Donald Trump questions if Supreme Court would hear election challenge

Recounts in Wisconsin confirm Joe Biden’s win in key swing state by over 20,000 votes

US president Donald Trump said he will continue to fight the results of the election, saying “my mind will not change in six months”. Photograph: Chris Kleponis/EPA

US president Donald Trump said he will continue to fight the results of the election, saying “my mind will not change in six months”. Photograph: Chris Kleponis/EPA

 

US president Donald Trump on Sunday questioned whether the Supreme Court would ever hear a case airing his unproven allegations of widespread election fraud as senior US Republicans said a transition to a Joe Biden presidency looked inevitable.

Mr Trump’s comments in a telephone interview with Fox News Channel suggested a growing resignation about the results of the November 3rd election that handed the White House to his Democratic opponent Biden, and it came as the Republican president’s team was dealt another blow.

The recount of ballots in Wisconsin’s two largest counties finished on Sunday, confirming Mr Biden won the hotly contested swing state by more than 20,000 votes.

Republican Senator Roy Blunt of Missouri, chairman of the congressional inaugural committee, said the group of senior politicians expects Mr Biden to be sworn in as president on January 20th.

“We’re working with the Biden administration, the likely administration on both the transition and the inauguration as if we’re moving forward,” Mr Blunt said on CNN’s State of the Union programme, though he stopped short of acknowledging Mr Trump’s loss.

Governor Asa Hutchinson of Arkansas is one of a few Republicans to refer to Mr Biden as the president-elect. “The transition is what is important. The words of president Trump are not quite as significant,” Mr Hutchinson told Fox News on Sunday.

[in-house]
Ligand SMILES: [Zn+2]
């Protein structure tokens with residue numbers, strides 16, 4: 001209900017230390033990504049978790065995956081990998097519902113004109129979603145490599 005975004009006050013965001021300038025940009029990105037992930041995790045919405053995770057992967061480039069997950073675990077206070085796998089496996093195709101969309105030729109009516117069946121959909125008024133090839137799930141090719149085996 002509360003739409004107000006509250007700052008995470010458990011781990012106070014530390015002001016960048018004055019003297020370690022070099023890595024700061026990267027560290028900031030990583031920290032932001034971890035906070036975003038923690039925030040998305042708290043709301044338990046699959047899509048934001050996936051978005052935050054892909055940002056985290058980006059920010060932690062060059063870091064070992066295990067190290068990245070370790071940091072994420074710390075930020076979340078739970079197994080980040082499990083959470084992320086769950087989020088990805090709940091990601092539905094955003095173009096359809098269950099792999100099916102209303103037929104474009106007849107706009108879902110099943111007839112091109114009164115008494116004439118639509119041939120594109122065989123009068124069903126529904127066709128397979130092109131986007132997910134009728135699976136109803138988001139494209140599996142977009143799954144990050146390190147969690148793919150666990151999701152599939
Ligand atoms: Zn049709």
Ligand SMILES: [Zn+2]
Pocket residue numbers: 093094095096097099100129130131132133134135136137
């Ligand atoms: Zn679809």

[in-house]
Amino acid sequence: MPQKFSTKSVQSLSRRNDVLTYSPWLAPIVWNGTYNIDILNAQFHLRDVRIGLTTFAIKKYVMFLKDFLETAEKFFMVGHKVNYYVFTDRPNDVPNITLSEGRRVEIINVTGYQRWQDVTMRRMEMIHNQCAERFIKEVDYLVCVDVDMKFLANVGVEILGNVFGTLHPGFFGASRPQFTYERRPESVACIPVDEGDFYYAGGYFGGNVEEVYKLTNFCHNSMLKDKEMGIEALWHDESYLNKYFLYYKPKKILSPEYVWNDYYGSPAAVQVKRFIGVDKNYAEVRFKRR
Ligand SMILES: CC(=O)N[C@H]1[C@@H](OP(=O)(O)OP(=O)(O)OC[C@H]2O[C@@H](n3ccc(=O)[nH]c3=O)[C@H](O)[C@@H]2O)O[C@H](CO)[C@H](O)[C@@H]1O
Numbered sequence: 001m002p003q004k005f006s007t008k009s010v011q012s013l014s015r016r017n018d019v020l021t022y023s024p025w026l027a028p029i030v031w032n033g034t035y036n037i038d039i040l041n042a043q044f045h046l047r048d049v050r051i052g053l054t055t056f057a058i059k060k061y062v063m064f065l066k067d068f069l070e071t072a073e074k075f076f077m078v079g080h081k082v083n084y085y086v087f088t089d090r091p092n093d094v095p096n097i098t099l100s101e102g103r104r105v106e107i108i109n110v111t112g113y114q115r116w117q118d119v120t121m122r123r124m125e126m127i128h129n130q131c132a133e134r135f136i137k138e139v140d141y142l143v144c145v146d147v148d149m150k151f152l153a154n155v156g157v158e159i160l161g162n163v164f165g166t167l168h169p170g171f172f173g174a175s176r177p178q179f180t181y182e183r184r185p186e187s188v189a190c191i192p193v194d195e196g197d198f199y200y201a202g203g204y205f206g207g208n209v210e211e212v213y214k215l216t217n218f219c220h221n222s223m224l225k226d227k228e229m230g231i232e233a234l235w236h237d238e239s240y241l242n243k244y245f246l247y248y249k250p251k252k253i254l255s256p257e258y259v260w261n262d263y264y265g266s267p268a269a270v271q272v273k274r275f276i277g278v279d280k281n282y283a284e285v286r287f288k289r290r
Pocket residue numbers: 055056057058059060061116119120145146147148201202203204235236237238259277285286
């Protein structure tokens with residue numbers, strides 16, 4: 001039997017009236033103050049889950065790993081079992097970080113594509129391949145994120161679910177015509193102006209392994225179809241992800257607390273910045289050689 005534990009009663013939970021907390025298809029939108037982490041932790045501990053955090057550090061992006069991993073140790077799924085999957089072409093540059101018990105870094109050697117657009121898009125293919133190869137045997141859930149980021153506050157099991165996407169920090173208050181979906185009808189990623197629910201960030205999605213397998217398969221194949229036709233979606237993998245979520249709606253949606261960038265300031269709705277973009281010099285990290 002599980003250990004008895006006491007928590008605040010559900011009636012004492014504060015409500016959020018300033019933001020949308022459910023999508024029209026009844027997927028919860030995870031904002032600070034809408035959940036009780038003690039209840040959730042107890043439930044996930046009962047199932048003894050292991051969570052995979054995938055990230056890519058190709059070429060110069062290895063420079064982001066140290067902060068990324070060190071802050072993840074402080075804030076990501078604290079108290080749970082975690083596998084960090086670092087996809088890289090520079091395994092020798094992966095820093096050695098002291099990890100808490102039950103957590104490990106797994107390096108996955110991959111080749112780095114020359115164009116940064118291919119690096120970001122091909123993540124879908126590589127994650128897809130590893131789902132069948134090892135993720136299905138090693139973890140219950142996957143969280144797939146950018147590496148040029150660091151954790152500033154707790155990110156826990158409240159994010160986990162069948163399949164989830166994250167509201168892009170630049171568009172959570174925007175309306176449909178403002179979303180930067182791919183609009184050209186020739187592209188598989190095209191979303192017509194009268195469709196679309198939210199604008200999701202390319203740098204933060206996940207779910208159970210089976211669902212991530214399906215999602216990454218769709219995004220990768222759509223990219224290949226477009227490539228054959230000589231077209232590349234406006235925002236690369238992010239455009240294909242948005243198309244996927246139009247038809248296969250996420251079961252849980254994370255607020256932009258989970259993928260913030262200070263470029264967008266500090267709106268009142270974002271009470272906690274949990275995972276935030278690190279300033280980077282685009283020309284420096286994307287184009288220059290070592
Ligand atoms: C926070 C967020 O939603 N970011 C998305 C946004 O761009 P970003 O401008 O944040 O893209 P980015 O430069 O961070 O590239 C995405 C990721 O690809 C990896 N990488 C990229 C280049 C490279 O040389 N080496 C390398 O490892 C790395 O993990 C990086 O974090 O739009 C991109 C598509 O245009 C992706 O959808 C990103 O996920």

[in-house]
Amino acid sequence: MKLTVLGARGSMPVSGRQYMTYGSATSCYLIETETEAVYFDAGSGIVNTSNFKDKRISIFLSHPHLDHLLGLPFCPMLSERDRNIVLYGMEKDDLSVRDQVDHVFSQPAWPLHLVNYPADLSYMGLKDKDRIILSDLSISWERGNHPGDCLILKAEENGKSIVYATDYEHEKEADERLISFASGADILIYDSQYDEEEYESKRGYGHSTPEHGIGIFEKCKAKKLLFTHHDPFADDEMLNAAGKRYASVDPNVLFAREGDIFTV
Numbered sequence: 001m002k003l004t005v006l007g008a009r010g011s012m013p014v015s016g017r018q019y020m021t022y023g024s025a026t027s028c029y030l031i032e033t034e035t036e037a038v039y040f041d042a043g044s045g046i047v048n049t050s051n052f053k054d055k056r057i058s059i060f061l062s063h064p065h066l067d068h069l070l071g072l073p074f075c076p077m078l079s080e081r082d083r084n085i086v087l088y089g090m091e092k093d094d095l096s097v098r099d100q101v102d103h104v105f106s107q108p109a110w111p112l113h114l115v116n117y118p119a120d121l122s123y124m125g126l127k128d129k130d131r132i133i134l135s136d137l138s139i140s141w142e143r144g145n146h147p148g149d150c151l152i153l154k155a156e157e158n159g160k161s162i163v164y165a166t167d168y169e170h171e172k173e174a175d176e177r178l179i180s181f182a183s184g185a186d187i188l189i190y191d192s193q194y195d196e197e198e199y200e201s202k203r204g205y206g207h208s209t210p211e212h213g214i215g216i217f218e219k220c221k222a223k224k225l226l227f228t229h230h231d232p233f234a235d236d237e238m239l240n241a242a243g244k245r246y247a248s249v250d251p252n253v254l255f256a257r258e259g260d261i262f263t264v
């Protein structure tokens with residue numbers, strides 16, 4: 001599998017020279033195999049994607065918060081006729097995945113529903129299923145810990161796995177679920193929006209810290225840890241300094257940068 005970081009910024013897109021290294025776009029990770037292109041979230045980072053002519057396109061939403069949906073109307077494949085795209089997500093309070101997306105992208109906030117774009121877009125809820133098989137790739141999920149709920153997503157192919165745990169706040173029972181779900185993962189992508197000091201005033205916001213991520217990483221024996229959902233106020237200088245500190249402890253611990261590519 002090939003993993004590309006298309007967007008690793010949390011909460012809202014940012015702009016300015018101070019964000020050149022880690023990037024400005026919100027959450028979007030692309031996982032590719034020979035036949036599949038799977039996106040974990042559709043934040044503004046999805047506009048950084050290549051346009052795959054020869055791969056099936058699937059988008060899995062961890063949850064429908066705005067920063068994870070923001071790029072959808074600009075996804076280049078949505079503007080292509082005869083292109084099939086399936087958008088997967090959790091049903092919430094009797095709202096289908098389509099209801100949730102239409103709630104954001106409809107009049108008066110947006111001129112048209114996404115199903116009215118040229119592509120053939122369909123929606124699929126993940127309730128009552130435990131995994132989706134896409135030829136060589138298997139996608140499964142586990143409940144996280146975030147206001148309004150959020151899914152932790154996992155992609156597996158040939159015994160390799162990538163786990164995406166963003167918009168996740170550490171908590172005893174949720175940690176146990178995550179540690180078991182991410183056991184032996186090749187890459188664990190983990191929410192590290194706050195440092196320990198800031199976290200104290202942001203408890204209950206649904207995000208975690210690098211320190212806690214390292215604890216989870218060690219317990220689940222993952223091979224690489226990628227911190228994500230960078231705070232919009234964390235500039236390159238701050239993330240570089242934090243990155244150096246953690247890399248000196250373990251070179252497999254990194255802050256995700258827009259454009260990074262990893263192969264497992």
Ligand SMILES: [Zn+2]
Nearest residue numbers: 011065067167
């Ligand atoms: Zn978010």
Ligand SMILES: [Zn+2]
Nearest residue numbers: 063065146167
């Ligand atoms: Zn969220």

Allegations without evidence

Mr Trump used his interview on Fox News Channel’s Sunday Morning Futures to repeat the allegations he has made without evidence about widespread electoral fraud. His campaign and legal team have lost dozens of lawsuits by failing to convince judges of election irregularities in states including Michigan, Georgia, Arizona and Nevada, all critical to Mr Biden’s victory.

Mr Trump was not clear on what legal steps he would take next.

“The problem is it’s hard to get it to the Supreme Court,” Mr Trump said, without clarifying whether he thought the court would decline to hear an appeal or whether his campaign may not even make one.

Mr Trump’s legal team has offered conflicting statements on their likely course following a defeat in a federal appeals court on Friday in a case they were pursuing challenging Mr Biden’s win in Pennsylvania.

“On to Scotus” Trump campaign attorney Jenna Ellis wrote on Twitter after the ruling, suggesting a plan to appeal to the US Supreme Court.

Later, however, Trump lawyer Rudy Giuliani reportedly told One America News Network that the legal team was still weighing which case might be appropriate to pursue at the top court.

Continue to fight

Mr Trump said he will continue to fight the results of the election, saying “my mind will not change in six months”. His comments appeared to signal his intention to continue contesting the outcome even after he leaves office.

Aides say he has been discussing several media ventures, including starting a new television channel or social media company to keep him in the spotlight ahead of a potential 2024 White House bid.

Mr Biden won the presidential election with 306 Electoral College votes – many more than the 270 required – to Mr Trump’s 232. Mr Biden also leads Mr Trump by more than 6 million in the popular vote tally. – Reuters

US Election Results

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